Bankrupt - economically and politically
So now we have it – Britain is officially on the verge of state bankruptcy. And we’re not just talking high finance here but politics as well. This coincidence of the gravest economic and financial crisis of capitalism with the constitutional impasse at Westminster is truly an explosive cocktail.
The assessment by ratings agency Standard & Poor that the British state could lose its top AAA rating because its borrowing levels are too high, sent shock waves through the markets yesterday. This was despite the fact that S & P’s assessment was based on figures already made known about public debt, which goes to show just how fragile and nervous the financial markets remain.
They have good reason to be. Figures published by the Bank of England almost at the same time as S & P was delivering its judgement, show that printing money in a bid to ease the credit crunch has had little or no effect. The Bank's Trends in Lending report showed that lending by Britain's major banks to businesses and households actually slowed in April. It seems that the £125 billion injected into the system by the Bank has disappeared down a financial black hole.
It’s the same story across the Atlantic, where that other great debtor nation in the global economy has just witnessed the collapse of another major bank, BankUnited in Florida, which was declared insolvent by the Federal authorities. The closure came just hours after Alan Greenspan, former chairman of the Federal Reserve, the US central bank, warned that the global banking crisis was far from over. Greenspan, of course, presided over – no encouraged – the untrammelled, unregulated explosion of the financial system until it became a world of fantasy finance.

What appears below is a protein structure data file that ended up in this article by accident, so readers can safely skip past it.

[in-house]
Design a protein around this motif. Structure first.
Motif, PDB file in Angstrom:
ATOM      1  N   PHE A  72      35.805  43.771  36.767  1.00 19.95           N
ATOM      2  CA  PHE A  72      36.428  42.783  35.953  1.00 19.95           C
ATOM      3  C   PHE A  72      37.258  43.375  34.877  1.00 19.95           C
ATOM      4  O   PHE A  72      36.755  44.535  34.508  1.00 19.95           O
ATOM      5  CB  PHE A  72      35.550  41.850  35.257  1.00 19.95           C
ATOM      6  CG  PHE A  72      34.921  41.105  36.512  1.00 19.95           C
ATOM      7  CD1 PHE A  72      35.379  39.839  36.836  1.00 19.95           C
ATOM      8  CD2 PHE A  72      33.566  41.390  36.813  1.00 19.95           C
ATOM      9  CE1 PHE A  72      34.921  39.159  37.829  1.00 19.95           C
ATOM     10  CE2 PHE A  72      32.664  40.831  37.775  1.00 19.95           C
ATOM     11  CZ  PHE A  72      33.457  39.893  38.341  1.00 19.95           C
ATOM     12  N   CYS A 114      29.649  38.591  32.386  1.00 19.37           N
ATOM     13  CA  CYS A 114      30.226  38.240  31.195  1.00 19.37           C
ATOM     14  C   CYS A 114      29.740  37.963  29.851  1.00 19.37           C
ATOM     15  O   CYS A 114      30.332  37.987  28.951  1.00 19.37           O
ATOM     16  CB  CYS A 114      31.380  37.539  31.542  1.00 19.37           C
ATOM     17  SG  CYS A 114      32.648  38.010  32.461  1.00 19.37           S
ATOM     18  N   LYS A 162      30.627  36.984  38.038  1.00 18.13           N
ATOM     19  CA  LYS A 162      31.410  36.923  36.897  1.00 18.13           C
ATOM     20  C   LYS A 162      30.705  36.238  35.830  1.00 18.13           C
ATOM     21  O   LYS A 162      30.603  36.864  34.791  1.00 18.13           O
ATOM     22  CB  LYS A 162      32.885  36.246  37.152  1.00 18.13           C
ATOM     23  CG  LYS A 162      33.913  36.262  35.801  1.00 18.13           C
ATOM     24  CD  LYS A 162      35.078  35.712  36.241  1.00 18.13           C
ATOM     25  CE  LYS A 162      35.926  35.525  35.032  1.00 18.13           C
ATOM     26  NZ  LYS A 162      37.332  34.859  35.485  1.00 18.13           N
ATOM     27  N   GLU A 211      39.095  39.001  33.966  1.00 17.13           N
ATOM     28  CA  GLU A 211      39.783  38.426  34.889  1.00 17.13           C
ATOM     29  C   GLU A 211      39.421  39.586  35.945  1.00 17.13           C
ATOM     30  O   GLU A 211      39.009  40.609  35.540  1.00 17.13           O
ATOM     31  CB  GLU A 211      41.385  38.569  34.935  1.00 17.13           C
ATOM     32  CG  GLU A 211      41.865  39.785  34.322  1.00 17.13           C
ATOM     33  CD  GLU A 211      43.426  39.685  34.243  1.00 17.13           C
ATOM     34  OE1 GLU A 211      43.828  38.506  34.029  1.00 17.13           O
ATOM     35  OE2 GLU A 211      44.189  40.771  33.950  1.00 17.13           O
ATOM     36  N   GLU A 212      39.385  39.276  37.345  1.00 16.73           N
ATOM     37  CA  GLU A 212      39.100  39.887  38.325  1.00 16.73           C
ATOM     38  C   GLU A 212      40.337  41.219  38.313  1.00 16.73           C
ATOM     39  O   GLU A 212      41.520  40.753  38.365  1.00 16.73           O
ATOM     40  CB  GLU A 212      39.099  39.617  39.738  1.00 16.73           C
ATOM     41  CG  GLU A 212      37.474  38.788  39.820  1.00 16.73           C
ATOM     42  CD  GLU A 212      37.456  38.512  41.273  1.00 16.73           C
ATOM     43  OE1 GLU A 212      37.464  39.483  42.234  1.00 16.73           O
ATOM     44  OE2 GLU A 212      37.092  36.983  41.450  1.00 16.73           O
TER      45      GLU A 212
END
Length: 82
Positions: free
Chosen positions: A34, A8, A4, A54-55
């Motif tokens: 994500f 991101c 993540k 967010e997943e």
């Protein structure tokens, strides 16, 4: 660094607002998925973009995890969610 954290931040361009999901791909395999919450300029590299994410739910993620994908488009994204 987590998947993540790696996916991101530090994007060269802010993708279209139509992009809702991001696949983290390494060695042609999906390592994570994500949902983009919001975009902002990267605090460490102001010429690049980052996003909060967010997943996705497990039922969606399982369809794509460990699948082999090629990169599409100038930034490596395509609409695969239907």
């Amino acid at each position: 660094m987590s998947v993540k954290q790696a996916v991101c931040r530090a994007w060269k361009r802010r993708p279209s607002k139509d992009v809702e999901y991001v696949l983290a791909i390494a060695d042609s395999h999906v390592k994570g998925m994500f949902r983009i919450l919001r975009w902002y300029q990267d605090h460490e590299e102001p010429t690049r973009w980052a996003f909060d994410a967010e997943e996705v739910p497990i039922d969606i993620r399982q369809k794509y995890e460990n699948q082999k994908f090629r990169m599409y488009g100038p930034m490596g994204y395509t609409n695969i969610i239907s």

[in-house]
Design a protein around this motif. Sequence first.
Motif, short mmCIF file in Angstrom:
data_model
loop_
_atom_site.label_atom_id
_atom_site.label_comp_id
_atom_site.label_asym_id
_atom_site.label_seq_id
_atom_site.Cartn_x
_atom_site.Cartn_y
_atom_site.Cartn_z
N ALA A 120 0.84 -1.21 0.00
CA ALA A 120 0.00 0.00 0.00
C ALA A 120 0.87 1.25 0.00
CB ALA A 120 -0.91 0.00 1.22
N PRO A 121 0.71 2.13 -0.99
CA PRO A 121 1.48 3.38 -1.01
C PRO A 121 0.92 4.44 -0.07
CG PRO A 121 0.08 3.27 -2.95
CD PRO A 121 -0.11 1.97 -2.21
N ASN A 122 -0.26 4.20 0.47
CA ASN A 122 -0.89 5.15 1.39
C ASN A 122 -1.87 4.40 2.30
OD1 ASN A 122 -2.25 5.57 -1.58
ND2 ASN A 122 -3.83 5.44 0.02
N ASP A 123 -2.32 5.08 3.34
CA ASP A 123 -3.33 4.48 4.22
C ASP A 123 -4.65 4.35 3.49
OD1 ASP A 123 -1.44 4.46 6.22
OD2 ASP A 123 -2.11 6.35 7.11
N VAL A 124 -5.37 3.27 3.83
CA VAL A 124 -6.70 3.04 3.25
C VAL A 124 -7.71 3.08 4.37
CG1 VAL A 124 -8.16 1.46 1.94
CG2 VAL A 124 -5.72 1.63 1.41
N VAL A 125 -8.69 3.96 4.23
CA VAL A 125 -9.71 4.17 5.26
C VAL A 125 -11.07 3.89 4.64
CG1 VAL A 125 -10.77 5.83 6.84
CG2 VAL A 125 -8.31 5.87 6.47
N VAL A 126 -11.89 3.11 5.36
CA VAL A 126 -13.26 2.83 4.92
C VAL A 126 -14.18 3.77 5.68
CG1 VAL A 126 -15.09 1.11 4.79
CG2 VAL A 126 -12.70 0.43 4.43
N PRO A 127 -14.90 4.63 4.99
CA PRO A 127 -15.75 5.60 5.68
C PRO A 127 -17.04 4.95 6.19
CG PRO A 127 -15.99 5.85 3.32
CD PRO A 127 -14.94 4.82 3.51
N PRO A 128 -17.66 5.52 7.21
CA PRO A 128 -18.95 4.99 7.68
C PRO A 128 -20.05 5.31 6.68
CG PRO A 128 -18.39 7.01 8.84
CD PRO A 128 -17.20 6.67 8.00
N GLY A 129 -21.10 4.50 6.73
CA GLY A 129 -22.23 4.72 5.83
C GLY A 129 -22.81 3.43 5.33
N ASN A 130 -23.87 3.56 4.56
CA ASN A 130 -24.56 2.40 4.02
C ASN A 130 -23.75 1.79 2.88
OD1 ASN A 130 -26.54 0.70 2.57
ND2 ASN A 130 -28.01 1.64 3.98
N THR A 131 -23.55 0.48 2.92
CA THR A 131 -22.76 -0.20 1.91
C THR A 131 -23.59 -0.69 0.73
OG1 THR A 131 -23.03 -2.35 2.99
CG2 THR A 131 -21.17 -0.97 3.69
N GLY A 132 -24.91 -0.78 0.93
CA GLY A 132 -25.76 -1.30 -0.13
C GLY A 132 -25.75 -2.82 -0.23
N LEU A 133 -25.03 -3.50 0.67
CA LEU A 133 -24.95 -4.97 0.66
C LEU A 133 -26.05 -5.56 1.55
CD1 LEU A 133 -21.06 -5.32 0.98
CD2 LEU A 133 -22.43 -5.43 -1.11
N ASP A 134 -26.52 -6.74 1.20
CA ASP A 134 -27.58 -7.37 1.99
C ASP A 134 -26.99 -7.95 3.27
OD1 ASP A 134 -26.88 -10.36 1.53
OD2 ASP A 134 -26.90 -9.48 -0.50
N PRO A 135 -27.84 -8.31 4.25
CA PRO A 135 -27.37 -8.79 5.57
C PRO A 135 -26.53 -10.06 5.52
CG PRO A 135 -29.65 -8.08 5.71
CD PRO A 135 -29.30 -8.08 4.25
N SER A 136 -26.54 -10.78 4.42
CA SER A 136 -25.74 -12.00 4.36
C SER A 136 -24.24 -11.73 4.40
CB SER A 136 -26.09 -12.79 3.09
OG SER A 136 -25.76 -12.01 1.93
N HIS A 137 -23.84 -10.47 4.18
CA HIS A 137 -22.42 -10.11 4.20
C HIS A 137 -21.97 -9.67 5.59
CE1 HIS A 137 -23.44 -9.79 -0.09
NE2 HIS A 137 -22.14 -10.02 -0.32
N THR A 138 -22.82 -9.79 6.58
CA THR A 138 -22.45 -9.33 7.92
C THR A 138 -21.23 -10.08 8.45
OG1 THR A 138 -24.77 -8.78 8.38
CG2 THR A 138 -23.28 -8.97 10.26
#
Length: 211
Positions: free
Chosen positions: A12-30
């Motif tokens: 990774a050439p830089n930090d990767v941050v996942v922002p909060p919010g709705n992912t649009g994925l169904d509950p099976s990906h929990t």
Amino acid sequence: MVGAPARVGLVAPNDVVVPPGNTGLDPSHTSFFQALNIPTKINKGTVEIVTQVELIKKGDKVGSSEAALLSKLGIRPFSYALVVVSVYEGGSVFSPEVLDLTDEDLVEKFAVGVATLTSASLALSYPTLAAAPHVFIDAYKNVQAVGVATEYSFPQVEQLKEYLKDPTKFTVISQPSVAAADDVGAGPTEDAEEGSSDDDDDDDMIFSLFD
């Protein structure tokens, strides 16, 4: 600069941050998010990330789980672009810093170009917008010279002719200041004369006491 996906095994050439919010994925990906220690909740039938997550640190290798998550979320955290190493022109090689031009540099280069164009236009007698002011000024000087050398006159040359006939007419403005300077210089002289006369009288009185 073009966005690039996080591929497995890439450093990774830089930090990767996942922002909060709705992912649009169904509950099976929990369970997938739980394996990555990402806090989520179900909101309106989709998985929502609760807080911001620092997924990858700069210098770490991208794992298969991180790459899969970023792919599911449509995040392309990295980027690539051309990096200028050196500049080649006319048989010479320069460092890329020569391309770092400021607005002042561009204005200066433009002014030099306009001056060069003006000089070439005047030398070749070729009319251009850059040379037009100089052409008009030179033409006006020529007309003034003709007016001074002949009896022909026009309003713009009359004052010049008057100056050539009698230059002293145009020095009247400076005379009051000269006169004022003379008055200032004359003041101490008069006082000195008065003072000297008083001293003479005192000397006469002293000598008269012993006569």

The consequences of the ongoing crash are all too obvious. Thousands more British Airways staff are set to be fired as a result of the company’s catastrophic £400 million losses for the year, with chief executive Willie Walsh saying he saw "no signs of recovery anywhere". Others are more dramatic in their assessment. Martin Wolf, the Financial Times’ senior commentator, said the “the fiscal costs of this crisis will be comparable to those of a big war”, adding: “Thursday’s threatened downgrade by Standard & Poor’s is a reminder of those costs. Loss of jobs and incomes will also scar the lives of hundreds of millions of people around the world.”
As far as the S & P verdict is concerned, there is no doubt that huge public spending cuts are being prepared – whoever wins the next election – because no way is the economy going to “recover” anytime soon and produce the increased tax revenues that would reduce the debt that itself results from bank bail-outs and a slump in economic activity.
The combination of a state edging towards bankruptcy that is planning to slash services and a political system that is rotten to the core, is not only dangerous – it is unacceptable. There is an urgent need to reorganise both the economy and create a new democratic politics, because action on jobs and spending can only be achieved at the level of the state.
Clearly, however, the present capitalist state system is increasingly paralysed by its own crisis and where it has acted in terms of bank bail-outs and printing of money, has made no essential difference in preventing economic meltdown. The background danger is that sinister forces lurking in the background will act of their own accord unless we can mobilise a viable challenge to the status quo with a view to carrying through a fundamental transformation of a failed economic and political system.
AWTW communications editor
22 May 2009